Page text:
Experience matters for SEC teams looking to topple Kentucky
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By STEVE MEGARGEE
NASHVILLE, Tenn. (AP) Kentucky opponents have trouble agreeing on what it takes to topple a program that annually brings in multiple future first-round NBA picks.
Yet a few Southeastern Conference teams may have stumbled across a winning formula the last couple of years. Experience matters against the talented, but young Wildcats.
"I'd take five first-round picks every day of the week, but not all of us get to have five first-round picks on our team," South Carolina coach Frank Martin said. "Those of us that don't, we have to depend on experience."
The right kind of experience - that comes with some toughness and talent in its own right - can be Kentucky's kryptonite.
The Wildcats are the preseason favorite to finish first in the SEC after winning at least a share of the league's last three regular-season titles. They're the favorites again despite losing three first-round draft pick from last year's squad: De'Aaron Fox, Marcus Monk and Bam Adebayo.
"Kentucky's No. 1 because they've earned the right to be No. 1 as long as John Calipari is still at the helm," Mississippi coach Andy Kennedy said. "People don't even really know who their players are (but) they know they're going to be good and they know he's going to have them ready."
They also know they're going to be young.
Last season's South Carolina squad and the 2015-16 Texas A&M team countered Kentucky's freshman firepower with senior-laden rosters.
SEC player of the year Sindarius Thornwell led South Carolina to the Final Four last season. Texas A&M tied Kentucky for the 2015-16 SEC regular-season title with a lineup that featured seniors Danuel House, Jalen Jones, Alex Caruso and Anthony Collins.
"Those four seniors were grown men," Texas A&M coach Billy Kennedy said. "We knew what we were going to get every day and every night."
Plenty of SEC programs are hoping their own senior guards can enable them to challenge Kentucky for league supremacy.
Arkansas has six seniors, including the backcourt duo of Jaylen Barford and Daryl Macon. Florida's Chris Chiozza, who made one of the most memorable shots of last year's NCAA Tournament with a buzzer beater to defeat Wisconsin in the Sweet 16, is back along with junior preseason all-SEC selection KeVaughn Allen.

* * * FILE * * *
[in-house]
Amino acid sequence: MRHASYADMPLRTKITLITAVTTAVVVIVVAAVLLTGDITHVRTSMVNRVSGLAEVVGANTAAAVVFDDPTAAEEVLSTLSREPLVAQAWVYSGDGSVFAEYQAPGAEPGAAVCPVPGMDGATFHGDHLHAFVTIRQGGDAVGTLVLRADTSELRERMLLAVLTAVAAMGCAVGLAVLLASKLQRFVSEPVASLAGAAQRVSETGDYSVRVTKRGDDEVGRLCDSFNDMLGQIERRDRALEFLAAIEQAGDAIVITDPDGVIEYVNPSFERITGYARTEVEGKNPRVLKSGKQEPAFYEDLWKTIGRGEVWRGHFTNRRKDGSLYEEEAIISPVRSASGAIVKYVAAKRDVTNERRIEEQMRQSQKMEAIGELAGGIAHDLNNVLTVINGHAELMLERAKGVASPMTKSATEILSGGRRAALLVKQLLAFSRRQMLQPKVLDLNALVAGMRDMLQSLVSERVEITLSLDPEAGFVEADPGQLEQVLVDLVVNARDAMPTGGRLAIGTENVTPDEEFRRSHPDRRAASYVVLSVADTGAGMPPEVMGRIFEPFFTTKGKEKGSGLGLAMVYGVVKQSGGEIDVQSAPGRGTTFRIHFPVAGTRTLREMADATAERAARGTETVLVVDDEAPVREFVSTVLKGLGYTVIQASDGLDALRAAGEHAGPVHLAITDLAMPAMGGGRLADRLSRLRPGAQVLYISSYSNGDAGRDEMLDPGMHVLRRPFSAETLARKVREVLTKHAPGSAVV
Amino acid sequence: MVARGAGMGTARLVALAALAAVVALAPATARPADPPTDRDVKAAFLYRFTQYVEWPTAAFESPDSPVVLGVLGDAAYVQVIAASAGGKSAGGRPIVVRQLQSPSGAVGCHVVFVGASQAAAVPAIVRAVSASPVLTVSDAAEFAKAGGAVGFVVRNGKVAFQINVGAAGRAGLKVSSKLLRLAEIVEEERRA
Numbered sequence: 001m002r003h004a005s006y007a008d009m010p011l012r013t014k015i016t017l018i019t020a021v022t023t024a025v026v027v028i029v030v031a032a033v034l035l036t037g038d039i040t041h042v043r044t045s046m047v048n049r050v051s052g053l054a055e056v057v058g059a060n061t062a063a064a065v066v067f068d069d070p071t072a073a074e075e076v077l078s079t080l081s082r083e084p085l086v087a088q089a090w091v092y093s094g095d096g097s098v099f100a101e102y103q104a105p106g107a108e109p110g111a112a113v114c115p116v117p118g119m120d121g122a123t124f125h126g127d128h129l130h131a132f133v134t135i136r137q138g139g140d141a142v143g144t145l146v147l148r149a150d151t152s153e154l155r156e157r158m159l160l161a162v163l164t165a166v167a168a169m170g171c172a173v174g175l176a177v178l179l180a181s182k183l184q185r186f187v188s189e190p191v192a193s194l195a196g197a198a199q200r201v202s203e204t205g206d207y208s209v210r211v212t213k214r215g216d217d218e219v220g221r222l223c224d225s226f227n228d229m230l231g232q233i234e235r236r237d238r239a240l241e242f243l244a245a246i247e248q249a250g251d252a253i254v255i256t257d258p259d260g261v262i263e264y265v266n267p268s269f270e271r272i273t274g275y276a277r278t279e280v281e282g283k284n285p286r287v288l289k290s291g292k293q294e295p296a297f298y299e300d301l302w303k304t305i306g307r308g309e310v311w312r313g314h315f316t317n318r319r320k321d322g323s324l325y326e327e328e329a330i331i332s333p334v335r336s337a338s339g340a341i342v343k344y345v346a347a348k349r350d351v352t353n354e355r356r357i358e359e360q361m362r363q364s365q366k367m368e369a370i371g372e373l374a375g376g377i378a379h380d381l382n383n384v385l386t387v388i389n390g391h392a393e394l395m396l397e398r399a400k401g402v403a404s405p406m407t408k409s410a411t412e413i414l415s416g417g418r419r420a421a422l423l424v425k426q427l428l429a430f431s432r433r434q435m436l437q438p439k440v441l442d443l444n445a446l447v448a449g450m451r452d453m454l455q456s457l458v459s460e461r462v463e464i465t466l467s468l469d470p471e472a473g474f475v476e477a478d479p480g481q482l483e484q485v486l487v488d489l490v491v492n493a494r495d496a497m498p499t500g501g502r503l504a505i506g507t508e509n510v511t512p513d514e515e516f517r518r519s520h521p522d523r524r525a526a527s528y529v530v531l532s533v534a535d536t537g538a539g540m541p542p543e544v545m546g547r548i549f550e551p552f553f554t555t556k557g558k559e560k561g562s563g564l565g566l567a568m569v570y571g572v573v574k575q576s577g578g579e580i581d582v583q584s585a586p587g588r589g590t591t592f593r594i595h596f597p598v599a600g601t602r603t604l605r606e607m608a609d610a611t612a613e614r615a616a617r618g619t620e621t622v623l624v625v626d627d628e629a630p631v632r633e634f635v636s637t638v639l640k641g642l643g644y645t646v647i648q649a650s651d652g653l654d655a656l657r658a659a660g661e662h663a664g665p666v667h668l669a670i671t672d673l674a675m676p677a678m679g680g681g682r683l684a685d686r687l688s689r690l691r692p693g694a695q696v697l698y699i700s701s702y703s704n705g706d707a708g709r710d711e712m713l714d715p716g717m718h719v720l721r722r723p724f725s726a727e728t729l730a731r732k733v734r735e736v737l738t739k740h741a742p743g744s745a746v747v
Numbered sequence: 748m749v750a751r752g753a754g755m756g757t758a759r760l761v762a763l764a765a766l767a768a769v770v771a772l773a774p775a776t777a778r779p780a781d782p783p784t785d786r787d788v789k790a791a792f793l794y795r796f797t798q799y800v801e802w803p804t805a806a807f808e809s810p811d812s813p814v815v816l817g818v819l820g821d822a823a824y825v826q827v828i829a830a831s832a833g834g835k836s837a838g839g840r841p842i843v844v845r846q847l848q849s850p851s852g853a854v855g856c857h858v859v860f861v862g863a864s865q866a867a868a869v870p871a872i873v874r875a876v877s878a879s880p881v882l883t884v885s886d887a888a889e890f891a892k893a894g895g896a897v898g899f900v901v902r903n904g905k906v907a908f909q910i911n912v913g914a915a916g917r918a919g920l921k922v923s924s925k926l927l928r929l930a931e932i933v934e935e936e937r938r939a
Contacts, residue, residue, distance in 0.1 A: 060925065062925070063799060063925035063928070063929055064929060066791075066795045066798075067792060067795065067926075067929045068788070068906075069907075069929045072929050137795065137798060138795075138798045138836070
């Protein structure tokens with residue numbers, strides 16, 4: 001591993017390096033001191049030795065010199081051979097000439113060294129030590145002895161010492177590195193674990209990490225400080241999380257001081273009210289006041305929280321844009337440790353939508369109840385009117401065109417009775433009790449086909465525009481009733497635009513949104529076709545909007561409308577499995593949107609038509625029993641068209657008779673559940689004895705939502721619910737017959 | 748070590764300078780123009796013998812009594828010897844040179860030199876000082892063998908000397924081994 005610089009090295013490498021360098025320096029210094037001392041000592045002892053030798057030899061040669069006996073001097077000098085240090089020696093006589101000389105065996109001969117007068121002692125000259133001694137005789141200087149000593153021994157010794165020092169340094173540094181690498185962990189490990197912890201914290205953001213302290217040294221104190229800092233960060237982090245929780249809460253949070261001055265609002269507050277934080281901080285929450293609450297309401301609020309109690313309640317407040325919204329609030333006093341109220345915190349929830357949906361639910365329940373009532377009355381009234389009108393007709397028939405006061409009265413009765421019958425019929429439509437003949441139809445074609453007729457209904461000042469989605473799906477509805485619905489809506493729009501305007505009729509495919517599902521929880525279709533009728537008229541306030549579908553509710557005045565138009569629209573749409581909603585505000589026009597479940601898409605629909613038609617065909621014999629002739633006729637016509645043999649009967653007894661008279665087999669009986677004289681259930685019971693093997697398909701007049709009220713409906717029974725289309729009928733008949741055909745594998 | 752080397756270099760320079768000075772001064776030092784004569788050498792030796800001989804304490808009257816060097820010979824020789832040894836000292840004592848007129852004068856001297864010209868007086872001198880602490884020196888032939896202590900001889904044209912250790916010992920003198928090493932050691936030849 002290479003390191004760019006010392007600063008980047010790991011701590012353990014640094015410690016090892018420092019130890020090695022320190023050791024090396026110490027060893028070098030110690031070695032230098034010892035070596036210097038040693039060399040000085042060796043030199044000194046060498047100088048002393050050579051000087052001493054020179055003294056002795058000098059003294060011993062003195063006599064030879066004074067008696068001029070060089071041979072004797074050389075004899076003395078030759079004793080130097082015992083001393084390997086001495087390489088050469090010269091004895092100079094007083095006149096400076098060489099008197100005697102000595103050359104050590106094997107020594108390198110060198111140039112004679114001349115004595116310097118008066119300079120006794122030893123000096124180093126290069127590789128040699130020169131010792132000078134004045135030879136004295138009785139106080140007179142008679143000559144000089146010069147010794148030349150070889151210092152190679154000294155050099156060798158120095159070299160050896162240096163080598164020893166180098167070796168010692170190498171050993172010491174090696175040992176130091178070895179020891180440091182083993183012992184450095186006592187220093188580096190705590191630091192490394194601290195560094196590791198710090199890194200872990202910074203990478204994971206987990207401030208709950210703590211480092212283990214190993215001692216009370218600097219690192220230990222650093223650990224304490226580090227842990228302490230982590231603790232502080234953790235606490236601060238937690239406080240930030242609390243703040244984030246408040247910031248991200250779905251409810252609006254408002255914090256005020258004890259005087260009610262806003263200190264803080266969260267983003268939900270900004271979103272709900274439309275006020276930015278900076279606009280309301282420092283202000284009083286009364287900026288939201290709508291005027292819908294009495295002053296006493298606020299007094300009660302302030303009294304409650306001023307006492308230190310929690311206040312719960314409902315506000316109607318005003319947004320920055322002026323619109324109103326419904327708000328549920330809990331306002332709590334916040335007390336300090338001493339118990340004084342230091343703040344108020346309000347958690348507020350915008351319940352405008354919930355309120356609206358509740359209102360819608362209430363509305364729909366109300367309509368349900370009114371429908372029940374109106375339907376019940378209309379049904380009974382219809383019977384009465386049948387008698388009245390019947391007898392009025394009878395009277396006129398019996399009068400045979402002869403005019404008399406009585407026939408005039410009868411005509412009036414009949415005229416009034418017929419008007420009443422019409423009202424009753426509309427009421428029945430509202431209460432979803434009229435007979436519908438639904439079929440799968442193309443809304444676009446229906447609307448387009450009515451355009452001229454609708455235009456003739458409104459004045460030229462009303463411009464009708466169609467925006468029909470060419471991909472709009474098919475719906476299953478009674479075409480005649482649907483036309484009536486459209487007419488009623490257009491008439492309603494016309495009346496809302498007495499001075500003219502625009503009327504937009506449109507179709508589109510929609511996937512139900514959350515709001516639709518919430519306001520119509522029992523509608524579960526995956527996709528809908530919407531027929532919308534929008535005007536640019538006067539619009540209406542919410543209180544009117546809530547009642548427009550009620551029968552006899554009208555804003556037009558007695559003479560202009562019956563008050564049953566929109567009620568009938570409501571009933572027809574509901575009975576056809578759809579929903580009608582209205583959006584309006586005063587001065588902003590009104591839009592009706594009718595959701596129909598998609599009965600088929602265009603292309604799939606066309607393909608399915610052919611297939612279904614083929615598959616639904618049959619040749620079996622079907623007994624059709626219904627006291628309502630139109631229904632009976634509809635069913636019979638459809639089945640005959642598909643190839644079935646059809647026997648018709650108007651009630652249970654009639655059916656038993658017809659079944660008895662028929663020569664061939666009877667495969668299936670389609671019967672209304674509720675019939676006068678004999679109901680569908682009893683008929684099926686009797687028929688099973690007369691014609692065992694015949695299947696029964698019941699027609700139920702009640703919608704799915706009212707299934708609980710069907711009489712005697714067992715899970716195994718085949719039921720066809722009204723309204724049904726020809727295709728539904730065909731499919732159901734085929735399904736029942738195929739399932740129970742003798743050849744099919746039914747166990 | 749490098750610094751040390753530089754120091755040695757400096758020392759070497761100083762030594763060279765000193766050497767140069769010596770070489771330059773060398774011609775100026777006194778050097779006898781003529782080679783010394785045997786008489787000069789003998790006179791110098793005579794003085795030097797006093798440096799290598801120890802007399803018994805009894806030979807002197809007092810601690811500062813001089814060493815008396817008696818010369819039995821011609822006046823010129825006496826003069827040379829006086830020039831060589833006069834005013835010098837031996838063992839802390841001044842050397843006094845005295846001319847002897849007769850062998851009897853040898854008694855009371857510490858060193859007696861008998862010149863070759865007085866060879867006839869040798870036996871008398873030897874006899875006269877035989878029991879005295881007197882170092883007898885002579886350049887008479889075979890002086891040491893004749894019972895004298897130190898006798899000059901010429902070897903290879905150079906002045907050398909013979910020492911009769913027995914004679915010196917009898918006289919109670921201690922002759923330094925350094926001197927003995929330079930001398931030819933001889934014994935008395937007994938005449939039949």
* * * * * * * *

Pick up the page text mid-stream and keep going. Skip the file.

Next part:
Mississippi added Memphis graduate transfer Markel Crawford to join a backcourt already featuring senior Deandre Burnett and junior Terence Davis. Vanderbilt has four-year starter Riley LaChance at point guard.
"I was a lot different as a 22-year-old than as an 18-year-old mentally, physically, emotionally a lot different," Martin said. "There's a difference there - a big, big difference. When you deal with 22-year-olds who have been through it, they handle moments differently than the 18-year-olds."
But experience alone won't get it done.
"If you say, `OK, would you rather have talent or experience,' I want talent," Kennedy said.
Kentucky has plenty of the latter. The Wildcats signed seven of the nation's top 31 prospects in the 2017 class according to composite rankings of recruiting sites compiled by 247Sports : Hamidou Diallo (No. 10), Kevin Knox (No. 11), Jarred Vanderbilt (No. 12), P.J. Washington (No. 15), Nick Richards (No. 18), Quade Green (No. 26) and Shai Gilgeouos-Alexander (No. 31).
"Growing up, I always liked to be around players that compete and be around the best of the best," Diallo said. "When I found out a couple of the great players in my class were going there, I wanted to join them and wanted to help us all make our goals possible. That's what drove me to Kentucky."
That's why the teams that have challenged Kentucky lately have some potential NBA talent to go along with experience.
Thornwell, a second-round draft pick, is on the Los Angeles Clippers' roster after his standout senior season with South Carolina. Texas A&M's 2015-16 team relied heavily on seniors but also featured Tyler Davis, a former top-35 recruit who was a freshman that year.
Missouri's Cuonzo Martin cites another trait possessed by most conference title contenders.
"For me, one of the biggest things is you got to have a level of toughness," he said. "Of course talent is what it is, but you can kind of gauge talent what fits what you're trying to do. But I think you have to have a level of toughness."
Martin inherits a Missouri program that finished in the SEC basement each of the last three years. He appears to be mimicking the Kentucky approach in trying to help Missouri regain relevance.
Missouri signed a heralded freshman class that includes Michael Porter Jr., ranked second in his class by the 247Sports Composite. Of course, LSU showed two years ago having the nation's top recruit isn't a sure thing when the Tigers failed to reach the NCAA Tournament despite having Ben Simmons, the No. 1 overall pick in the 2016 draft .
Perhaps the person with the best insight on competing with Kentucky in the SEC is Calipari himself. He said any team that wants to win the SEC must have plenty of talent and toughness.
Then he added one more factor.
"You can't be a team that scores 50-60 points a game in this league and do well in this league," Calipari said. "You've got to be a team that scores 70 or more in this league to have a chance to win games, because the other team's going to score that much, whether you're really good defensively or not."
Experience was not on Calipari's list.
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Updated October 18, 2017